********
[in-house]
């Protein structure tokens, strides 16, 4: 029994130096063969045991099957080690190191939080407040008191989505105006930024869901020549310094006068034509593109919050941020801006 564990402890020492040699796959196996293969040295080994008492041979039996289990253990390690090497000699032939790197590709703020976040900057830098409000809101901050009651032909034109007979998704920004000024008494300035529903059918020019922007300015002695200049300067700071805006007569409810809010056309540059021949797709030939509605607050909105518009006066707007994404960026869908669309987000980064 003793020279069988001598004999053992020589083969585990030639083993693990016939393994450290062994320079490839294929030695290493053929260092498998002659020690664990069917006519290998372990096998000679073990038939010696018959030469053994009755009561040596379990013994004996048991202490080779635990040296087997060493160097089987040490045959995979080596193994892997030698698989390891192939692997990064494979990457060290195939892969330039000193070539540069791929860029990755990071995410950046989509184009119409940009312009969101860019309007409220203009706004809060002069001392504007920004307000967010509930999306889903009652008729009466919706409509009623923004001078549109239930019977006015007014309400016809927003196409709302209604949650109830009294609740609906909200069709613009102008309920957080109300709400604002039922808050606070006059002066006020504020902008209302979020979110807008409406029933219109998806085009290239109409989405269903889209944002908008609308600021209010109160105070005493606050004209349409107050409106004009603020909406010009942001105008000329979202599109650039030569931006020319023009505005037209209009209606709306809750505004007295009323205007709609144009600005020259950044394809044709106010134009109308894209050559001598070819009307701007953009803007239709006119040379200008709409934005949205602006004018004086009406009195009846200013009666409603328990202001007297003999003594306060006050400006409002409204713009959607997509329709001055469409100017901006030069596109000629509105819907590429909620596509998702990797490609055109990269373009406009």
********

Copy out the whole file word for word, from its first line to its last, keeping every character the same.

[in-house]
């Protein structure tokens, strides 16, 4: 029994130096063969045991099957080690190191939080407040008191989505105006930024869901020549310094006068034509593109919050941020801006 564990402890020492040699796959196996293969040295080994008492041979039996289990253990390690090497000699032939790197590709703020976040900057830098409000809101901050009651032909034109007979998704920004000024008494300035529903059918020019922007300015002695200049300067700071805006007569409810809010056309540059021949797709030939509605607050909105518009006066707007994404960026869908669309987000980064 003793020279069988001598004999053992020589083969585990030639083993693990016939393994450290062994320079490839294929030695290493053929260092498998002659020690664990069917006519290998372990096998000679073990038939010696018959030469053994009755009561040596379990013994004996048991202490080779635990040296087997060493160097089987040490045959995979080596193994892997030698698989390891192939692997990064494979990457060290195939892969330039000193070539540069791929860029990755990071995410950046989509184009119409940009312009969101860019309007409220203009706004809060002069001392504007920004307000967010509930999306889903009652008729009466919706409509009623923004001078549109239930019977006015007014309400016809927003196409709302209604949650109830009294609740609906909200069709613009102008309920957080109300709400604002039922808050606070006059002066006020504020902008209302979020979110807008409406029933219109998806085009290239109409989405269903889209944002908008609308600021209010109160105070005493606050004209349409107050409106004009603020909406010009942001105008000329979202599109650039030569931006020319023009505005037209209009209606709306809750505004007295009323205007709609144009600005020259950044394809044709106010134009109308894209050559001598070819009307701007953009803007239709006119040379200008709409934005949205602006004018004086009406009195009846200013009666409603328990202001007297003999003594306060006050400006409002409204713009959607997509329709001055469409100017901006030069596109000629509105819907590429909620596509998702990797490609055109990269373009406009």